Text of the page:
Oh, the irony.

  • eshman | September 30, 2005 3:07 AMReply

    "cryptic ned"? We're on to you, Lars.

  • eshman | September 30, 2005 3:04 AMReply

    The moment when the plantation "votes" on the time of day is a surefire laugh-getter (especially with the disenfranchised and deeply fucked Moscow crowd I first saw it with), but a perfect example of the strawmen that Lars specializes in. Ha! Voting on the time. Ha! That's what voting's all about, right? Um, no. No it's not. At all. Doesn't happen that way. Or maybe he does know better, and the joke is really on the white chick who condones the vote. Vintage Lars. Can't pin him down to either utter stupidity or easy misogyny.

  • clarencecarter | September 29, 2005 9:37 AMReply

    But whoever tracked the blog back to "Free Dog Fuck" was a genius.

  • Cryptic Ned | September 29, 2005 6:56 AMReply

    Wow, everyone who has posted on this thread is very stupid.

  • filmenthusiast2000 | September 29, 2005 5:52 AMReply

    Hahaha! "Lars Van Trier." Dude is savvy, perhaps, but dumber than a box of hair. Watch 'The Five Obstructions' for further illustration--there's plenty of "ideas" flying around, but if you take a moment to isolate and examine any ony of them, you'll find you've merely caught hold of one turd flake in a blurted shitstorm of gibberish. But keep the stillborn ideas coming fast enough and I guess you'll get a reasonable facsimile of importance--but Bernard Berkman, with his dogged, rigorous allegiance to the pleasures of the dense and difficult, seems to me a far more intellectually sympathetic pompous ass... If this movie is more "idea-rich" than 'DOOM,' you can color me surprised.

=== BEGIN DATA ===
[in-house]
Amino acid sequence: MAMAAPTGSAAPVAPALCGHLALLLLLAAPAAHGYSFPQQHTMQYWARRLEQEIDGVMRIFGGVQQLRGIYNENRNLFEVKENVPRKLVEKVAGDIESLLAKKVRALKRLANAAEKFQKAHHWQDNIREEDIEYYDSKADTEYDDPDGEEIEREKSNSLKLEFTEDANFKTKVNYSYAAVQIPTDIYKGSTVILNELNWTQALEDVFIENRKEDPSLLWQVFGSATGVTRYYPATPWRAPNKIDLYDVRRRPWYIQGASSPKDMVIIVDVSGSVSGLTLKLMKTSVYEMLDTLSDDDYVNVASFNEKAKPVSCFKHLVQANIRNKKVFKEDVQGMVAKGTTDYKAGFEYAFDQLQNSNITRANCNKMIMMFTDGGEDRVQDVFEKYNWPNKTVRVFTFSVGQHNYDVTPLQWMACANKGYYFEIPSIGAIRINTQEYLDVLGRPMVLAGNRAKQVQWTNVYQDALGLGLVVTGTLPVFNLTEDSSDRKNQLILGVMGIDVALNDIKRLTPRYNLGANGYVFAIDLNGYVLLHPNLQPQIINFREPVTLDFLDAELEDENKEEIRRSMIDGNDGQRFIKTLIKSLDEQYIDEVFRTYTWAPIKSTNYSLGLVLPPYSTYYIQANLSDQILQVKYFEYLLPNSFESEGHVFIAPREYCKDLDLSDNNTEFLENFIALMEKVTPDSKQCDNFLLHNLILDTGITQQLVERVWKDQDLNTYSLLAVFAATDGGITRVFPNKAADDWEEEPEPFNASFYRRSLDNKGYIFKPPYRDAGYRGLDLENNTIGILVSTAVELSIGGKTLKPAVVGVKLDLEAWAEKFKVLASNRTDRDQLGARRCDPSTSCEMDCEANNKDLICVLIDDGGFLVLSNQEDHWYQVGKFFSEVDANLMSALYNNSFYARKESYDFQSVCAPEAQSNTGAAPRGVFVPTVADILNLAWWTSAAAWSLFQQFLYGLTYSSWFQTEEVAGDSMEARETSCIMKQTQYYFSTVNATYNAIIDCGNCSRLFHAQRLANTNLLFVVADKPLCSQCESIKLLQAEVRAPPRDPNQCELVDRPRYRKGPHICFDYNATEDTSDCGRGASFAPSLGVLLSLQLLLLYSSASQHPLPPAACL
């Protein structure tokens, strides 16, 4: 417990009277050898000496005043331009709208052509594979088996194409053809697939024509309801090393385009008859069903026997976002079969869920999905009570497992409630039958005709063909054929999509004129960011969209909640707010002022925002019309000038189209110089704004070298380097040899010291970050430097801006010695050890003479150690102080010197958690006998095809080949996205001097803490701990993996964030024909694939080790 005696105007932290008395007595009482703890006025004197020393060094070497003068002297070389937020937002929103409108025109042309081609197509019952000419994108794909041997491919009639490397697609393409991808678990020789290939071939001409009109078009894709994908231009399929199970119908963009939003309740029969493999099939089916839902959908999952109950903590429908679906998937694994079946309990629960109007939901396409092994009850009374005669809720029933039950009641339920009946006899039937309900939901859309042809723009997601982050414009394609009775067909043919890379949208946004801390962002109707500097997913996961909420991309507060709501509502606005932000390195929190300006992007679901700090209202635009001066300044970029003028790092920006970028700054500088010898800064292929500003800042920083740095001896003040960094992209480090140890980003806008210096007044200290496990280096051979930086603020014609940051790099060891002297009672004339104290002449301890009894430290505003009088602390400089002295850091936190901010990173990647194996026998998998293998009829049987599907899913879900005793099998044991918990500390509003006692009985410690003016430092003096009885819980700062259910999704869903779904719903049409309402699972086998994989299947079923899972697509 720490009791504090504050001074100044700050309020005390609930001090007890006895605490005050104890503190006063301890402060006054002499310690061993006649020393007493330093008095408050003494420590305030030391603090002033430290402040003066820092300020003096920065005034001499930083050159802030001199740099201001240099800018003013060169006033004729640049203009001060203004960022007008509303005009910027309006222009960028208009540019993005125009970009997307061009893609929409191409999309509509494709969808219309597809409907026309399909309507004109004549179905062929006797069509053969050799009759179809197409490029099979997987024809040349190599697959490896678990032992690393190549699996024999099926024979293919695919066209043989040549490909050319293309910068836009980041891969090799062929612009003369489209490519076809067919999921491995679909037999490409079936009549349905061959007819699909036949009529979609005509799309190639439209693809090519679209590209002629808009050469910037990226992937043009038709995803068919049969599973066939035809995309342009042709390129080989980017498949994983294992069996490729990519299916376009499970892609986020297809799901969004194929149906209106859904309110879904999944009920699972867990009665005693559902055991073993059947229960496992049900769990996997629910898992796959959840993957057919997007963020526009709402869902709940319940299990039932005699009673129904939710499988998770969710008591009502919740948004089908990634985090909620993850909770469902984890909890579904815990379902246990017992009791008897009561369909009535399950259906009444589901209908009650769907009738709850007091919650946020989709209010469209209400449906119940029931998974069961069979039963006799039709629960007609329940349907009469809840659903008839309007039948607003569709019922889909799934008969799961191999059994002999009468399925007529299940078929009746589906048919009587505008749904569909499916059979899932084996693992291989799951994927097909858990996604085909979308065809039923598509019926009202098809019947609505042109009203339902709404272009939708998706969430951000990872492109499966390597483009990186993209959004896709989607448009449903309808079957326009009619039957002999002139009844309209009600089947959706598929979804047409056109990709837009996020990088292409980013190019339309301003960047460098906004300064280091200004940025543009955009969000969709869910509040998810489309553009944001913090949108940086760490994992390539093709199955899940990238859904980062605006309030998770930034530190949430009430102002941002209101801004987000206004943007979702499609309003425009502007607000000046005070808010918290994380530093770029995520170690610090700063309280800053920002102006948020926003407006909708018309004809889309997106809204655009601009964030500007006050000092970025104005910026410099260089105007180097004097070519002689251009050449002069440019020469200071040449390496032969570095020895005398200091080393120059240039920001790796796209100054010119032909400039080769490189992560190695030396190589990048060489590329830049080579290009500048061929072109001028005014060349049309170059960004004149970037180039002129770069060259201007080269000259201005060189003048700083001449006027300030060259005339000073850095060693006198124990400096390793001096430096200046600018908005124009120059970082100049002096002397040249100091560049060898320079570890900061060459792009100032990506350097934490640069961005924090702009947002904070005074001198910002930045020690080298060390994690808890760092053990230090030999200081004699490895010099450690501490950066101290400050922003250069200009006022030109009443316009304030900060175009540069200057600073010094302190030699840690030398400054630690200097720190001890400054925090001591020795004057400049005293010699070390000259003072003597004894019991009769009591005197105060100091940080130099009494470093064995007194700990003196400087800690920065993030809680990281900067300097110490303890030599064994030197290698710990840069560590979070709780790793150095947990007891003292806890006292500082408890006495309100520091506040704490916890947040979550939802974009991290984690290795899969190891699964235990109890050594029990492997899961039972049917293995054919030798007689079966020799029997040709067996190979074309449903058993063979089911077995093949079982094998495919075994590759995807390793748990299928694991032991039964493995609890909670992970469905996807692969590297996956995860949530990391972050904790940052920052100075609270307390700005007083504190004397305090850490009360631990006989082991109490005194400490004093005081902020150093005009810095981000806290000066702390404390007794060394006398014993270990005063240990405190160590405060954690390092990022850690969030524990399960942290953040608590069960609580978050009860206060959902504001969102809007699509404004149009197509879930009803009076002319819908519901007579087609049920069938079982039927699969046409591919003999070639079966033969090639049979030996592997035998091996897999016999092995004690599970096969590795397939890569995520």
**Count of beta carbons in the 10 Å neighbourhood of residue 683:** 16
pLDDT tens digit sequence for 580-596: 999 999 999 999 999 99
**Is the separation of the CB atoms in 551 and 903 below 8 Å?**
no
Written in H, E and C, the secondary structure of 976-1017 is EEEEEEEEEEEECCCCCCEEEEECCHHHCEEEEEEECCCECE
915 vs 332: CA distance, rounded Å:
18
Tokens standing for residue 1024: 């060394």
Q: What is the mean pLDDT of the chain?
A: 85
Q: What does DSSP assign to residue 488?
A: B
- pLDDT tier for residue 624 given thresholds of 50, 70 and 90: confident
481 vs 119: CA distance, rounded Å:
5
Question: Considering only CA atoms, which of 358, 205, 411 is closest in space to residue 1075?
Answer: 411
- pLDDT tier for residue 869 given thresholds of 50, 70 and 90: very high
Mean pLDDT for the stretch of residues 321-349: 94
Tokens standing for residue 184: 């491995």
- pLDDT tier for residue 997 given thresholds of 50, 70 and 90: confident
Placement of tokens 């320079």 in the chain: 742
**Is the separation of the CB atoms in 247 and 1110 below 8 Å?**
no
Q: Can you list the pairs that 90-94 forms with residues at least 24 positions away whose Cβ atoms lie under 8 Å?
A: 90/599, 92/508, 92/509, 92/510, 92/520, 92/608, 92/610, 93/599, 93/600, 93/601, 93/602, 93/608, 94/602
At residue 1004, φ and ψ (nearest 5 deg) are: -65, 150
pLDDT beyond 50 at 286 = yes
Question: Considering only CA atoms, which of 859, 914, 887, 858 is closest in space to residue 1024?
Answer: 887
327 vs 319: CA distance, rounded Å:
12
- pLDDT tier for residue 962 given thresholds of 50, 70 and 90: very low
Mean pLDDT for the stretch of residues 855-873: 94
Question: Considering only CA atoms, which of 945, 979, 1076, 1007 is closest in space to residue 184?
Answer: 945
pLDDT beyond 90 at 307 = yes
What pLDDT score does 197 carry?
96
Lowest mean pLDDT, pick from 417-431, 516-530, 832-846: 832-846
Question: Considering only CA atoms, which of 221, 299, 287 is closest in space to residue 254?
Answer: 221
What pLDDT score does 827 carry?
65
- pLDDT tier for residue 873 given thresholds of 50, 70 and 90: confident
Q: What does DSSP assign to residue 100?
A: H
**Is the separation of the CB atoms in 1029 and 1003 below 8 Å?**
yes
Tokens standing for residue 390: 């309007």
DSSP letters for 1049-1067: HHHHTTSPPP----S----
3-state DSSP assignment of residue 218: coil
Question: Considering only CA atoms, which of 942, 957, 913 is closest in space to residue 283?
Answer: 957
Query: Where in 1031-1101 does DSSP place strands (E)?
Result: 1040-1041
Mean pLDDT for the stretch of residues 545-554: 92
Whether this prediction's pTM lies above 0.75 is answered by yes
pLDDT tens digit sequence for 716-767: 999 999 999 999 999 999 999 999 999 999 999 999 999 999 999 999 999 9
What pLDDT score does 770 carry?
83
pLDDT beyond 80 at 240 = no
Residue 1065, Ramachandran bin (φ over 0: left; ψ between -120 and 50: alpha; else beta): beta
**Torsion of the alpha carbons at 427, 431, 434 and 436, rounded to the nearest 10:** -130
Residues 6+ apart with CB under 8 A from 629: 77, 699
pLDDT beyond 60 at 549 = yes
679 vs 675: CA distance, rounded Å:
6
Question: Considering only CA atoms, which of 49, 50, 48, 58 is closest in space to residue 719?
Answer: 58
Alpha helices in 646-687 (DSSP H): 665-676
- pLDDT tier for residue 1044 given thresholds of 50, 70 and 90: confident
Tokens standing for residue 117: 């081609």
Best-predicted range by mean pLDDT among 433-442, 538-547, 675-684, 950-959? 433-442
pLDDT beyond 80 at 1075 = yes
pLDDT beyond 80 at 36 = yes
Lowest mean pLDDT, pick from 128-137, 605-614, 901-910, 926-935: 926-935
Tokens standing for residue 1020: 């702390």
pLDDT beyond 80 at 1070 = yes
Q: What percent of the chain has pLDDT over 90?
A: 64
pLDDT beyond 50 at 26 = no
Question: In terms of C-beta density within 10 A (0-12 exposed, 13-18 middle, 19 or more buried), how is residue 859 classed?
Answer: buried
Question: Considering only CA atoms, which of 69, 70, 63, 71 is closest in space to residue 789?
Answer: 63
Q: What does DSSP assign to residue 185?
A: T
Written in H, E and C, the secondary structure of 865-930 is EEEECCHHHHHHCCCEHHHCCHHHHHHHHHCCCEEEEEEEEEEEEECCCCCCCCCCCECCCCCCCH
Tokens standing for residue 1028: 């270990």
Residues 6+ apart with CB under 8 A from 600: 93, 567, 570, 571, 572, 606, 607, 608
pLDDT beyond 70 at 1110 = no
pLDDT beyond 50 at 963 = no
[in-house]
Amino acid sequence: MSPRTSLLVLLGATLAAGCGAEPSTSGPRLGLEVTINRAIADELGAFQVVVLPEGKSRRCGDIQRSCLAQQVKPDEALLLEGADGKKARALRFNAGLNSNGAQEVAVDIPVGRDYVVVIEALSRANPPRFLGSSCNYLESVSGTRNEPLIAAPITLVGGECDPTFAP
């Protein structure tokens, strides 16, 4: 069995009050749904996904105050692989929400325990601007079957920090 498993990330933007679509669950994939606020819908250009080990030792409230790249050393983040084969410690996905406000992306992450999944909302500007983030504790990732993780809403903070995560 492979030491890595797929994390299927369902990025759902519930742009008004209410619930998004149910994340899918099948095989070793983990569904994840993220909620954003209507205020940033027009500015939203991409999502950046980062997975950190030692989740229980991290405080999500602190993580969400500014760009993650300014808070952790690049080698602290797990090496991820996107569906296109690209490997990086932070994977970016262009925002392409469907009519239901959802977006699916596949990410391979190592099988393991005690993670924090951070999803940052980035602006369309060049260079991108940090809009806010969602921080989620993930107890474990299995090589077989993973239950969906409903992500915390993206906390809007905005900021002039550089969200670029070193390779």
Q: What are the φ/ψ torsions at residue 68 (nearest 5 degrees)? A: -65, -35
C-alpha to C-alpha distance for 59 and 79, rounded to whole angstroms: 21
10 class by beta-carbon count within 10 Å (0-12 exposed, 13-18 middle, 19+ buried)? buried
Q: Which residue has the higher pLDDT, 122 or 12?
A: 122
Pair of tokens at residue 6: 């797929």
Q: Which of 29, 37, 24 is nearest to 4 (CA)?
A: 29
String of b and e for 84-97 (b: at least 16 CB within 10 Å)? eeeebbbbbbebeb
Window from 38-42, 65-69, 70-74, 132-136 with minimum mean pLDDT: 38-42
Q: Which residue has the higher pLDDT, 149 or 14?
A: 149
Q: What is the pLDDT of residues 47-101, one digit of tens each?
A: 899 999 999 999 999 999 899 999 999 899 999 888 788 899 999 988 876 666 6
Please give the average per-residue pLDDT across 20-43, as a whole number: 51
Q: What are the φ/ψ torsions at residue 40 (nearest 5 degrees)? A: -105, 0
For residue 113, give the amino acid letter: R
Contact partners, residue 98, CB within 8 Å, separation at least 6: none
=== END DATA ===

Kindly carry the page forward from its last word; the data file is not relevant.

'Dogville' just gave me a yen to watch 'Rocky IV' on loop so I that I could remember I'm living in THE SWEETEST FUCKIN' COUNTRY ON EARTH!!!

    U-S-A! U-S-A! U-S-A! U-S-A!

  • robbiefreeling | September 29, 2005 2:46 AMReply

    Lars von Trier initiating controversy! Well, shiver me timbers. Perhaps after this weekend I'll return to this little sewing circle and put this battle at an even deadlock, or perhaps not. Until then, I'm gonna go sing and sing and then act mildly retarded and then sing and then go blind and then sing and then bash a cop's head in with a strongbox and then sing and act mildly retarded and then get arrested because all I wanted to do was give my son an operation so he wouldn't go blind like me and then sing and then get hung.

    Dogville rocks.

  • Werebiginjapan | September 29, 2005 2:18 AMReply

    I find all of that far less interesting than the quiet stuff that goes on underneath the bombastic (and as I said, transparent) allegory and BIG STATEMENTS, like the little moment where the plantation "votes" on what the time should be. It doesn't say that democracy is a sham, but more subtly suggests its limits. Let's not throw out the baby with the bath water.

    And John Hurt's ironic, detached voice over undermines any alignment the film makes to any of the melodrama played out on the stage.